Negligence in law of Torts

    Introduction:

     Indian law of torts is based on the English common law. Therefore, the law of negligence is ratified and amended by the courts of India on the principles of justice, equity and good conscience. The term Negligence is descended from the Latin word negligentia, which means ‘failing to pick’, Generally, the term negligence signifies the act of being careless and legally, it signifies the failure to exercise a standard of care which the doer as a reasonable man should have exercised in a specific situation. 

    Definition of Negligence:

    As per the Winfield and Jolowicz, Negligence is the breach of a legal duty of care by the plaintiff which results in undesired damage to the plaintiff.

    In Blyth v. Birmingham WaterWorks Co, Negligence was defined as the omission to do something which a reasonable man would do or doing something which a prudent or reasonable man would not do.

    It can be characterized in three forms-

    Nonfeasance: It connotes the act of failure to do something which a person should have done. For example, failure to carry out the reconstructing of an old building when it should have been done.

    Misfeasance: It connotes the act of not doing an action accurately when it should have been done. For example, reconstruction of an old building but doing so by using very bad quality materials constituting a major possibility of a collapse which harms people.

    Malfeasance: It signifies the act of doing something which should not have been done from starting. For example, using products that are not authorized and combustible to carry out the reconstruction of an old building, therefore, transforming the building into a firetrap risking an accident.

    Essentials of Negligence Tort:

    1. Duty to Take Care:

    There is an essential condition under the liability for negligence that the defendant owes a legal duty towards the plaintiff. For instance, in case of Grant v. Australian Knitting Mills Ltd., 1935 AC 85;  From a retailer, the plaintiff purchases two sets of woolen underwear. After wearing it, he encounters a  skin disease. This problem was caused due to the more sulphates present in the wool and not cleaning it at the time of washing it due to the negligence at the time of washing it. In this case, the manufacturers are completely liable as they are not able to execute their duty accurately.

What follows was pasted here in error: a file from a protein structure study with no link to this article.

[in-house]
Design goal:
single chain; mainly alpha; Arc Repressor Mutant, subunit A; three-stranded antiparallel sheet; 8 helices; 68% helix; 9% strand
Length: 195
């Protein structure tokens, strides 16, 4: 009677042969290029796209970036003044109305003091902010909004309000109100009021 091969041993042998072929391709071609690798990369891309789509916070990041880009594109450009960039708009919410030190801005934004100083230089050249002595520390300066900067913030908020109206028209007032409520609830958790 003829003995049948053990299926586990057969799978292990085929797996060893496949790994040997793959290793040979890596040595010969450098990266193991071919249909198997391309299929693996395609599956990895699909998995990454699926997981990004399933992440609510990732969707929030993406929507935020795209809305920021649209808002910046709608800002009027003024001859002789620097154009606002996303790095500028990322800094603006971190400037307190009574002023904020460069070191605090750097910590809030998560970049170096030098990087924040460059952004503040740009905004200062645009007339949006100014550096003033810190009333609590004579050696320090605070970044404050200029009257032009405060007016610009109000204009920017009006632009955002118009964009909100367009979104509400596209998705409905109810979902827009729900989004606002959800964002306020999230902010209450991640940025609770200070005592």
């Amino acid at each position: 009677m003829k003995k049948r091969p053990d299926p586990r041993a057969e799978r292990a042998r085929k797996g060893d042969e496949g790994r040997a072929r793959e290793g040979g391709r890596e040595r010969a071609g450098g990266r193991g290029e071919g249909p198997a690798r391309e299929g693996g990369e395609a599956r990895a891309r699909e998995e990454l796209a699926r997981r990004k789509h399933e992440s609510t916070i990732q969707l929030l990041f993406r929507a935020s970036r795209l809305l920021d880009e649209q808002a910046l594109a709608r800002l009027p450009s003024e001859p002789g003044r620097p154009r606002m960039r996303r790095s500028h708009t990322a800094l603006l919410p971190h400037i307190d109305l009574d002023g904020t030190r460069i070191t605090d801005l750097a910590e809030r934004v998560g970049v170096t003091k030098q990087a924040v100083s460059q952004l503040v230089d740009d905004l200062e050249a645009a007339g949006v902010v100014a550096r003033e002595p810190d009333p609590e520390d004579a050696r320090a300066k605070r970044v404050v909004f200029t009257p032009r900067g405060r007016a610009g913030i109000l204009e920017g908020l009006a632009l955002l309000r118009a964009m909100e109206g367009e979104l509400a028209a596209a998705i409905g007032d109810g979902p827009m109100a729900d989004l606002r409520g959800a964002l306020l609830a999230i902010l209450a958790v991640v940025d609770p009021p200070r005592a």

2. Duty to whom:

    Donoghue v. Stevenson, 1932 AC 562, adds further to this idea and diversifies the scope of duty by stating that the duty so raises extends to our neighbor. While explaining who my neighbor is, LORD ATKIN states that the answer must be “the persons who are so closely and directly affected by my act that I ought reasonably to have them in contemplation as being so affected when I am directing my mind to the acts or omissions which are called in question”.

    3. Duty must be towards the plaintiff:

    It is not sufficient that the defendant owes a duty to take care of. A duty should be there, following to which, the defendant should owe a duty of care towards the plaintiff.

    4. Breach of Duty to take care:

    One essential condition for the liability in negligence is that the plaintiff must prove that due to the negligence the defendant is not able to execute his duties.

    In Municipal Corporation of Delhi v. Subhagwanti, AIR 1966 SC 1750; a number of persons died due the collapsing of a clock-tower in the heart of the Chandni Chowk, Delhi.

    The normal life of such structures are normally 40 45 years but the tower was around 80 years old. The Municipal Corporation of Delhi is held liable as it is under their hands and they are not able to take care and execute their duties proficiently.

    Defenses available in a suit for negligence:

    1)Contributory negligence by the plaintiff

    Contributory negligence signifies that when the instant cause of the damage is the negligence of the plaintiff himself, the plaintiff cannot sue the defendant for damages and the defendant can use it as a defense. This is because the plaintiff in such a case is deemed to be the author of his own wrong. It is based on the maxim volenti non fit injuria which states that if someone willingly places themselves in a position which might result in harm, they are not entitled to claim for damages caused by such harm.

    2) An Act of God

    An Act of God is a direct, vicious and sudden act of nature which by any amount of human foresight could have been foreseen and if foreseen could not by any amount of human care and skill have been resisted. Thus such acts which are caused by the basic forces of nature come under this category.For example storm,tempest,extraordinary high tide,extraordinary rainfall etc.

    3) Inevitable Accident

    An inevitable accident can also be called as a defense of negligence as it signifies an accident which had no chance of being impeded by the exercise of ordinary care, caution, and skill. It means a physically unavoidable accident.

    Negligence as a tort has evolved from the English law and accepted by the Indian law as a substantially important tort. As discussed negligence is of two types, civil and criminal and each has various repercussions. In order to prove that an act was negligent, it is necessary to prove all the essentials namely duty, breach of duty, damages and actual and proximate cause. An important maxim regarding negligence i.e Res Ipsa Loquitur is used by the courts when a negligent act cannot be explained. Also, the defences in a suit for negligence can be used by the defendant to defend himself from a suit issued by the plaintiff.